“Let’s talk about what we need to compete”

Dean C. Garfield photo

The presidential debate tonight provided the final opportunity for the American people to see President Obama and Governor Romney sit side-by-side and debate their plans for the nation for the next four years.  One of the important takeaways from this debate is that both candidates recognize that our foreign policy success is directly entwined with our economic success — for us to be a strong leader globally requires a strong economy locally.

About half-way through the debate, in response to a question about America's role in the world, both candidates offered responses focused on our nation's economic health.  President Obama, for example, pivoted to that economic policy-foreign policy link, when he said, “Let’s talk about what we need to compete.”  And even with the serious discussions about America’s ability to respond to global hot spots and the threat of terror, the two candidates put forward ideas on what we need to compete, and how innovation is key to our nation’s success.

Expanded trade, market access that does not force innovation offshore, education that focuses on science and math, energy innovation – these are the building blocks for job creation and lasting economic growth here at home.  And in this debate, we heard both candidates embrace those ideas.  Now the challenge is turning that high-level bipartisan agreement into real-world policies and approaches that create jobs and drive innovation.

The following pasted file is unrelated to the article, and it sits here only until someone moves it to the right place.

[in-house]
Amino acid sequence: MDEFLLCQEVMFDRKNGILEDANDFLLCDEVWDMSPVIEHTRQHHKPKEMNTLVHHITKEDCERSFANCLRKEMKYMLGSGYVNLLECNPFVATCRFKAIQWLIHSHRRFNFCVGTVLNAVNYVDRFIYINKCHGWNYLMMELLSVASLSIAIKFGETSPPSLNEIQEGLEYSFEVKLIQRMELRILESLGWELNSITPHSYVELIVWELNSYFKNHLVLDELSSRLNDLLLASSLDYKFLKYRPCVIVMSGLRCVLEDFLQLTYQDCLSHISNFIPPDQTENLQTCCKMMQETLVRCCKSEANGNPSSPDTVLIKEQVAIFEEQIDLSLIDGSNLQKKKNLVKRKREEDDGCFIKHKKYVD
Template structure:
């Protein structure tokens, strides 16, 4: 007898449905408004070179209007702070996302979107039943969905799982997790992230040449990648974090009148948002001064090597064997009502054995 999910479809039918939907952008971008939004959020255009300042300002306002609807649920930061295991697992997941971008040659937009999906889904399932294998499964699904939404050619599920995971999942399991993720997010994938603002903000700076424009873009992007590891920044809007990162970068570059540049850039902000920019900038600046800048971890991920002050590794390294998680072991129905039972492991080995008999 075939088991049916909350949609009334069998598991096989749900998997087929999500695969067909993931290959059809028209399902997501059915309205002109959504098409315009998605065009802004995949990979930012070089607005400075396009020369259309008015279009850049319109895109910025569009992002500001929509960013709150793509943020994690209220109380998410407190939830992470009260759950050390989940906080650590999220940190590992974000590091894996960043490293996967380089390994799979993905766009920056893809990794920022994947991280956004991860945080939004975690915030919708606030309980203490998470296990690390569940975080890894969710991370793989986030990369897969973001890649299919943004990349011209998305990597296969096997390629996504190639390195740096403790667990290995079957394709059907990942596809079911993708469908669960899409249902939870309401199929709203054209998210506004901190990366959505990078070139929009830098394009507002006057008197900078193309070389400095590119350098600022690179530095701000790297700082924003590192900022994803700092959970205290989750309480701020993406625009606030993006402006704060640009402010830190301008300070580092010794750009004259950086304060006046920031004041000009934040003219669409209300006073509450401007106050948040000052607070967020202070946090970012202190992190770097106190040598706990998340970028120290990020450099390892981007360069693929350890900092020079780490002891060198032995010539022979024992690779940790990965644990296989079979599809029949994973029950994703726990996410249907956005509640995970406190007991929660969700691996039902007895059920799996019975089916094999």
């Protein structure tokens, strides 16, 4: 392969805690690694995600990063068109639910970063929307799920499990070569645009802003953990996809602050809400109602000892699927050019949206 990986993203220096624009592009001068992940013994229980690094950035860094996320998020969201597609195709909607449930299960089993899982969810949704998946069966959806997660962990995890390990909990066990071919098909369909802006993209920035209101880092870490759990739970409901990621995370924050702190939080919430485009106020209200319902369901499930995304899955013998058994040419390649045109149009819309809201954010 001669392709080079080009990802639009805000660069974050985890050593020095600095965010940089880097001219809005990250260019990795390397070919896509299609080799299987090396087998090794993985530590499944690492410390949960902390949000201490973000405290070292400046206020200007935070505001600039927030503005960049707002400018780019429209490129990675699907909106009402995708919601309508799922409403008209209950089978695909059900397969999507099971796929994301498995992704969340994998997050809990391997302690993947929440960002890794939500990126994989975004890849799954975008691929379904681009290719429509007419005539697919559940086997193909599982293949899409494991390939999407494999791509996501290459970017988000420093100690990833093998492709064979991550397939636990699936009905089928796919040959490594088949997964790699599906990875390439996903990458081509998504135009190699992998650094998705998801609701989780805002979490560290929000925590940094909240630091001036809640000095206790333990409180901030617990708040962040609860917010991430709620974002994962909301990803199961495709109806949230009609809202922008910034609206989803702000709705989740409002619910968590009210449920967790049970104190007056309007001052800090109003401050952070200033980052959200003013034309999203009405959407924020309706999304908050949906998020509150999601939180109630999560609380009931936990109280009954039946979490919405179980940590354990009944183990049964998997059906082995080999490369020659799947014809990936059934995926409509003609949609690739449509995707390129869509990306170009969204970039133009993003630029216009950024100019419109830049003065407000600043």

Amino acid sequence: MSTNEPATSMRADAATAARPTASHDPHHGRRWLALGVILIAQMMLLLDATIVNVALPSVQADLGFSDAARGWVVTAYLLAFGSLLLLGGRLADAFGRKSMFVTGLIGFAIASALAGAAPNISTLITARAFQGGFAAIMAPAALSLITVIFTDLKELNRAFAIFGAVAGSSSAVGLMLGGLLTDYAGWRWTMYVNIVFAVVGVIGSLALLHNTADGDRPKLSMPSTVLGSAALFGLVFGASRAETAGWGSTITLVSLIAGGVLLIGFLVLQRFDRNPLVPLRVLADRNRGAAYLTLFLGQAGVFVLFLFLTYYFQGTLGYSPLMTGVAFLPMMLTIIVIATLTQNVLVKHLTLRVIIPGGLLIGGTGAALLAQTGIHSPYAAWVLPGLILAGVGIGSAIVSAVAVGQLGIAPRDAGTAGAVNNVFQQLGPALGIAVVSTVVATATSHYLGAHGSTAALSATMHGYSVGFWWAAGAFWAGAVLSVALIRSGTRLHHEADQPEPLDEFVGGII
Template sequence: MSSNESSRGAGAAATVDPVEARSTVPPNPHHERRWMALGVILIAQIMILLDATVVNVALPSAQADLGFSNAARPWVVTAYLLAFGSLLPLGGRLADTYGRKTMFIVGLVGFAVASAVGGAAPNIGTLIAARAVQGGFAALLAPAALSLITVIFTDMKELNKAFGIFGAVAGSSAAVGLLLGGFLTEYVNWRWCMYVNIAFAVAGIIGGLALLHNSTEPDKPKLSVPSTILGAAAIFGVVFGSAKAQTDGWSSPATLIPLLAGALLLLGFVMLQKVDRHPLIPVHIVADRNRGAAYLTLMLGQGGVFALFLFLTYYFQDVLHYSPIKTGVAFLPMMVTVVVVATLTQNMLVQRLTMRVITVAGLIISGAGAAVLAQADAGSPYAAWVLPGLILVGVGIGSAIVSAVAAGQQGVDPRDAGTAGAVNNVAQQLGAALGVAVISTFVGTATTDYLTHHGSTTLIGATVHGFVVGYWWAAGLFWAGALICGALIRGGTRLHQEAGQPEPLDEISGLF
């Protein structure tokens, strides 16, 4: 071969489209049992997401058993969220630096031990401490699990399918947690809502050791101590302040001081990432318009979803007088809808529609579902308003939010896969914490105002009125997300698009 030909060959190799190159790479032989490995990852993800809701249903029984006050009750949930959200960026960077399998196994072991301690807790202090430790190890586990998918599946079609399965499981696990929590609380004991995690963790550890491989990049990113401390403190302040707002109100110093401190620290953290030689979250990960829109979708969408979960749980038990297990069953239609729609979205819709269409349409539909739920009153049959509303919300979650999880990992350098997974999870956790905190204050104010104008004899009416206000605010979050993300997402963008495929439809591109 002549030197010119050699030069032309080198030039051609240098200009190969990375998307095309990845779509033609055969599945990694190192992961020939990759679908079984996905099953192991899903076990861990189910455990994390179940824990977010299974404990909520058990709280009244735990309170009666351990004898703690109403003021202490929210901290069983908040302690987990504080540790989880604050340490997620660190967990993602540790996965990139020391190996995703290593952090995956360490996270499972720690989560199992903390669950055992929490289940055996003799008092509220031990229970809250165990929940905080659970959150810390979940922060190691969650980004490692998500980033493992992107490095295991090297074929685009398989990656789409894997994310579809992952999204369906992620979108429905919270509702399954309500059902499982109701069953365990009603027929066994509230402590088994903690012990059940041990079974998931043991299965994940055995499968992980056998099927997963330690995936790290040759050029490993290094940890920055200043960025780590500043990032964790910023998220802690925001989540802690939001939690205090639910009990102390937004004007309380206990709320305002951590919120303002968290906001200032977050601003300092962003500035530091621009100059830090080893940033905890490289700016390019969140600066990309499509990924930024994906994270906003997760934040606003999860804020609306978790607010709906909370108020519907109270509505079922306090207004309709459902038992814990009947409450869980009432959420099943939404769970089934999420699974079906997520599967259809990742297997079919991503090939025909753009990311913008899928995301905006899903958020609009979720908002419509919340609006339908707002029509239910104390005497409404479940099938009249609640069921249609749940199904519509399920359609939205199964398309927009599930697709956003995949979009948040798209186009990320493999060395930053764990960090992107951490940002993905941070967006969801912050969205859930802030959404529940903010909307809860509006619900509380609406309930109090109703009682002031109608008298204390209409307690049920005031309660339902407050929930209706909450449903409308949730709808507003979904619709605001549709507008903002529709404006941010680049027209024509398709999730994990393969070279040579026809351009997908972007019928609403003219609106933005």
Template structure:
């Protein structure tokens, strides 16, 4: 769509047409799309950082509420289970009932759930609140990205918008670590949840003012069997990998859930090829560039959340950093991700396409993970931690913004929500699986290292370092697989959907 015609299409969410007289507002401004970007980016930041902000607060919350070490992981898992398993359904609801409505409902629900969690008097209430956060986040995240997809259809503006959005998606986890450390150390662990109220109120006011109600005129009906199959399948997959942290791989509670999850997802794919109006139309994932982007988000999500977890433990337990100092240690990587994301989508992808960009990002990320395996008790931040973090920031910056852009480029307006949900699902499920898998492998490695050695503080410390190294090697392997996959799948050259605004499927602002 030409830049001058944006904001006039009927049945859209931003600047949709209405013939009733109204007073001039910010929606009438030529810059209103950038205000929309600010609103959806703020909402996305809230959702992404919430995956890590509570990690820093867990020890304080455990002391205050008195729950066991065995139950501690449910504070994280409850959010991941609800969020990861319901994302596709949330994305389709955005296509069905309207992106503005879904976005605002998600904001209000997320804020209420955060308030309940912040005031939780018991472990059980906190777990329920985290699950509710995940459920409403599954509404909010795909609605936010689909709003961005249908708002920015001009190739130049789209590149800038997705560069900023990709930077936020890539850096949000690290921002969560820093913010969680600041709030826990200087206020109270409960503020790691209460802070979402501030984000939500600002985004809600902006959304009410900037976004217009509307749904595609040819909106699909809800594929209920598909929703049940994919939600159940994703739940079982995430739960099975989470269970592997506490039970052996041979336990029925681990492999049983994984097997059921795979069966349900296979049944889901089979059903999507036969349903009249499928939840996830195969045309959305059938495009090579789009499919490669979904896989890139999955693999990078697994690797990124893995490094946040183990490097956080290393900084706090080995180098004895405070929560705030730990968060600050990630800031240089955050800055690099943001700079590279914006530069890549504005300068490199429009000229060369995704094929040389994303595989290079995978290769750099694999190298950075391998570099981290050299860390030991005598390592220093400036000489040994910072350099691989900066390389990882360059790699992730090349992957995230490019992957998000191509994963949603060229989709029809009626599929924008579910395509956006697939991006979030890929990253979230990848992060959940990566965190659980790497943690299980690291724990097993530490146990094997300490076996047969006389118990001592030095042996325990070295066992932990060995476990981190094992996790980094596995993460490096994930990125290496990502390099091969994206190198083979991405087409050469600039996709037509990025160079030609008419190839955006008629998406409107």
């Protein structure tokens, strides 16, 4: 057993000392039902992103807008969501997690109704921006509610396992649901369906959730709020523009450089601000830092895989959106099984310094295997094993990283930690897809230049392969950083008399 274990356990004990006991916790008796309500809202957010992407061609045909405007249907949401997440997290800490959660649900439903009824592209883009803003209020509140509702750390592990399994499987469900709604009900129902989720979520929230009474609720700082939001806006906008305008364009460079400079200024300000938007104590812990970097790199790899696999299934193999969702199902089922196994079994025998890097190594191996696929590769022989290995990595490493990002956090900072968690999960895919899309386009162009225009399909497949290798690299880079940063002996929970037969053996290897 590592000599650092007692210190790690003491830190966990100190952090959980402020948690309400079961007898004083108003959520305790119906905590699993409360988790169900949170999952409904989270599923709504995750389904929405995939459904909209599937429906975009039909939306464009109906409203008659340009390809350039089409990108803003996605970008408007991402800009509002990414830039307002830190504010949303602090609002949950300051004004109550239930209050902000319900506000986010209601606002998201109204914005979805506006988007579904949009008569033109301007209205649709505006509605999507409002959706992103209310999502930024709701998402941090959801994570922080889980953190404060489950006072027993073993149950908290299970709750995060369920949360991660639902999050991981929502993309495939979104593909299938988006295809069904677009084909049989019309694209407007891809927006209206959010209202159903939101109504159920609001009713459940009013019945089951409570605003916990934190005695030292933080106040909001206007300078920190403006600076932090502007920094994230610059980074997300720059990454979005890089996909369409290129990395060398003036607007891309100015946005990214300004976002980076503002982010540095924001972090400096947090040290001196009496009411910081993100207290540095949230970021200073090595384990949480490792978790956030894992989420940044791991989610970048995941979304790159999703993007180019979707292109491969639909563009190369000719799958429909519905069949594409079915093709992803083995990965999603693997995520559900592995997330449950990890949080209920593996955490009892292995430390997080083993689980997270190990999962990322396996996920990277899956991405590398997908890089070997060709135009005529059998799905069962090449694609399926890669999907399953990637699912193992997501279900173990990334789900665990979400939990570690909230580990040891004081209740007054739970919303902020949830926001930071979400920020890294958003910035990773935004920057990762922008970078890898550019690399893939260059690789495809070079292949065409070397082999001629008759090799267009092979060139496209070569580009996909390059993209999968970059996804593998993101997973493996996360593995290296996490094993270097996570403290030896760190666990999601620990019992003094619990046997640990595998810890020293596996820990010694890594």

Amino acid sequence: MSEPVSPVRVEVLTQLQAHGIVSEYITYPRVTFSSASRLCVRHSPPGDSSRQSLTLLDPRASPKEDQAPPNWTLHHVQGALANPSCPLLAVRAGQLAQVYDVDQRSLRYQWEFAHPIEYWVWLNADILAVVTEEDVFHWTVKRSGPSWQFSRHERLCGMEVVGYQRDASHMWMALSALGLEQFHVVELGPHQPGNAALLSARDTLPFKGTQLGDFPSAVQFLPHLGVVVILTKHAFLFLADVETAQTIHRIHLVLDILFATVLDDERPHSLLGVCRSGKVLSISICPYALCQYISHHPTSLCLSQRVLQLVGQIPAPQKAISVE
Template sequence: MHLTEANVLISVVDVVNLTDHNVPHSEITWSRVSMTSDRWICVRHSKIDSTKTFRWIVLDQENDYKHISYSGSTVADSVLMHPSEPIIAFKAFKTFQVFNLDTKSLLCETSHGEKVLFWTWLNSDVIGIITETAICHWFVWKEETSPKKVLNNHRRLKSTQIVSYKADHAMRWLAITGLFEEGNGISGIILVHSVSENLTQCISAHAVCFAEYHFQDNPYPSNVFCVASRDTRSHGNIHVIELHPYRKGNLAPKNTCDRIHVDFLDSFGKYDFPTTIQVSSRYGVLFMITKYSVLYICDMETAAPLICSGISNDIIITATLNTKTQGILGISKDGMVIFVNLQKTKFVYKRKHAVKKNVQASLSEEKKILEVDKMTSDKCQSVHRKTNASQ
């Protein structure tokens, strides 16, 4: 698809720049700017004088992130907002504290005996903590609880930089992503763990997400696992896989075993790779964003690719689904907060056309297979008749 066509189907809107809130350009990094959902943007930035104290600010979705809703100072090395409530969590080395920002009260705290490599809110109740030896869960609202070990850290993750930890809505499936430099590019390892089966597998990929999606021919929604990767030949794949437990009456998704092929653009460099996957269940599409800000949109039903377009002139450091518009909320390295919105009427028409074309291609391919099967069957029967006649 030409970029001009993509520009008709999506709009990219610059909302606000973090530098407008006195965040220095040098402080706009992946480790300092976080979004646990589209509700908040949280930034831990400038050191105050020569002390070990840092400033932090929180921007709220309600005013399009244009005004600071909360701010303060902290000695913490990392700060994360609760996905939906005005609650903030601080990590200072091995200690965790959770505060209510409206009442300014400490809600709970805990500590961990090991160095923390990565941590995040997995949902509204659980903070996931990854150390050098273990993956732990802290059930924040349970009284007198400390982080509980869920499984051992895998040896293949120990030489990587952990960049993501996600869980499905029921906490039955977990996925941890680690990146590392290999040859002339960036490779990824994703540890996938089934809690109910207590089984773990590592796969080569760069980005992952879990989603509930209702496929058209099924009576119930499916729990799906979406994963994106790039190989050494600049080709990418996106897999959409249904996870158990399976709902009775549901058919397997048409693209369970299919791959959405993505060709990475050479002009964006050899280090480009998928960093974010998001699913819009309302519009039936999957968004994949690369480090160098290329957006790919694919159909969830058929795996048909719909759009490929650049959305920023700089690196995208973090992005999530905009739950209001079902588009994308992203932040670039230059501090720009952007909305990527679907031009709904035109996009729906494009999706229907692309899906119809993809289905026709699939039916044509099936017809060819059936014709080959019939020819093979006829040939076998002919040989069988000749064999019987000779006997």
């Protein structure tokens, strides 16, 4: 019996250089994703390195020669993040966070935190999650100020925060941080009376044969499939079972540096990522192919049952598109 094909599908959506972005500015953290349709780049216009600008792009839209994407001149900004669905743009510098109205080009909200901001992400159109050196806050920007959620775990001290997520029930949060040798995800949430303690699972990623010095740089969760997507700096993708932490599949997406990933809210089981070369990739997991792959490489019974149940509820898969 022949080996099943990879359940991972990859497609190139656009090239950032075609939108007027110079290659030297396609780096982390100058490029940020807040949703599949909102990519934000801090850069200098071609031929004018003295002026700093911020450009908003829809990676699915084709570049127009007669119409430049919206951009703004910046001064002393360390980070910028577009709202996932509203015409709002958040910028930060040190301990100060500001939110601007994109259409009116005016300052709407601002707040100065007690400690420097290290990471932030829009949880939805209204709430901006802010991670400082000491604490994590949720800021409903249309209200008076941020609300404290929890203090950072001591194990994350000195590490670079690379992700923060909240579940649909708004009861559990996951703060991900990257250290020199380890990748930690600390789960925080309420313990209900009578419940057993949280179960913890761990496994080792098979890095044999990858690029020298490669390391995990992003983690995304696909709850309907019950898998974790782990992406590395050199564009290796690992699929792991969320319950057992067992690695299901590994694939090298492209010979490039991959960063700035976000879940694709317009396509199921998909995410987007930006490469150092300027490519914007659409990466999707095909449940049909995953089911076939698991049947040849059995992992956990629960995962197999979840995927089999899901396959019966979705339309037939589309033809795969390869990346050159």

Throughout these debates, we have been urging the candidates to adopt an all-of-the-above economic policy.  Tonight, they came the closest yet to hitting that mark.  They both talked about the mix of smart choices that need to be made to accelerate job creation and ensure America’s global leadership in innovation and technology development.

It’s important that tonight is not the end of this conversation.  The man elected president and the hundreds elected to Congress will face major challenges in 2013, and none more central to American families than our ability to spark renewed economic strength.  A national jobs and innovation strategy needs to be at the top of our policy priority list in 2013, and we look to the next president and the next Congress to work together on a bipartisan basis to enact policies that will drive lasting economic growth.

 

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